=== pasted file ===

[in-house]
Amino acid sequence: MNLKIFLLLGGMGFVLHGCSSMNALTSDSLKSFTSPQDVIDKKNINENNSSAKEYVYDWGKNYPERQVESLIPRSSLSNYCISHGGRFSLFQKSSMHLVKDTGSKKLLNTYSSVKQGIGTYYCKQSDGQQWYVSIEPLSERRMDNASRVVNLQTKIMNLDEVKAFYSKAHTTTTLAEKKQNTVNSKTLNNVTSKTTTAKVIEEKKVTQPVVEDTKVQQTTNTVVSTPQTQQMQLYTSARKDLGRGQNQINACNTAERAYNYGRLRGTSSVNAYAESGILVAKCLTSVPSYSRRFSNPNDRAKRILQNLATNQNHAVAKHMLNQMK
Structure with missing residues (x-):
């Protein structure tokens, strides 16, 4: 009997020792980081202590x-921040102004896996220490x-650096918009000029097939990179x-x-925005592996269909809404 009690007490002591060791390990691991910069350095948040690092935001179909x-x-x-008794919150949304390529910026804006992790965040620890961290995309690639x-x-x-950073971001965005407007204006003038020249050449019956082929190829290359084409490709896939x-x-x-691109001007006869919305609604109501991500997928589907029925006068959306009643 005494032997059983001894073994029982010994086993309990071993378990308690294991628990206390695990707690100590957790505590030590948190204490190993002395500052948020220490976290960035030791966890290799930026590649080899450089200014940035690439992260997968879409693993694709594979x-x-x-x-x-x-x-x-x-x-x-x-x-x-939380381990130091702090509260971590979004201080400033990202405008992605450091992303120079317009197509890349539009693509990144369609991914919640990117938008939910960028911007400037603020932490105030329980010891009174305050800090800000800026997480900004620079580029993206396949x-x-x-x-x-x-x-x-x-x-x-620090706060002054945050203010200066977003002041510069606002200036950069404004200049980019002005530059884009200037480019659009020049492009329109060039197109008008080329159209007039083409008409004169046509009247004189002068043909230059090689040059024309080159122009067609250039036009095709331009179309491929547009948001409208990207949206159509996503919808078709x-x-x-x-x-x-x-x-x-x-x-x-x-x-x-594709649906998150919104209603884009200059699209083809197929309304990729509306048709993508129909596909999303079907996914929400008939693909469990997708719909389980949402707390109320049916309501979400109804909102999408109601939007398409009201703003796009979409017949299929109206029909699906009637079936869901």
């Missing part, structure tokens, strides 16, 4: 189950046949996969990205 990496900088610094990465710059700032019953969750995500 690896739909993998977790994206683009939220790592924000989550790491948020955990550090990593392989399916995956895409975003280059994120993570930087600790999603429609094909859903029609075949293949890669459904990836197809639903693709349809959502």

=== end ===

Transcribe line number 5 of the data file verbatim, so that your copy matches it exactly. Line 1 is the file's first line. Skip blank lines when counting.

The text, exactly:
């Missing part, structure tokens, strides 16, 4: 189950046949996969990205 990496900088610094990465710059700032019953969750995500 690896739909993998977790994206683009939220790592924000989550790491948020955990550090990593392989399916995956895409975003280059994120993570930087600790999603429609094909859903029609075949293949890669459904990836197809639903693709349809959502």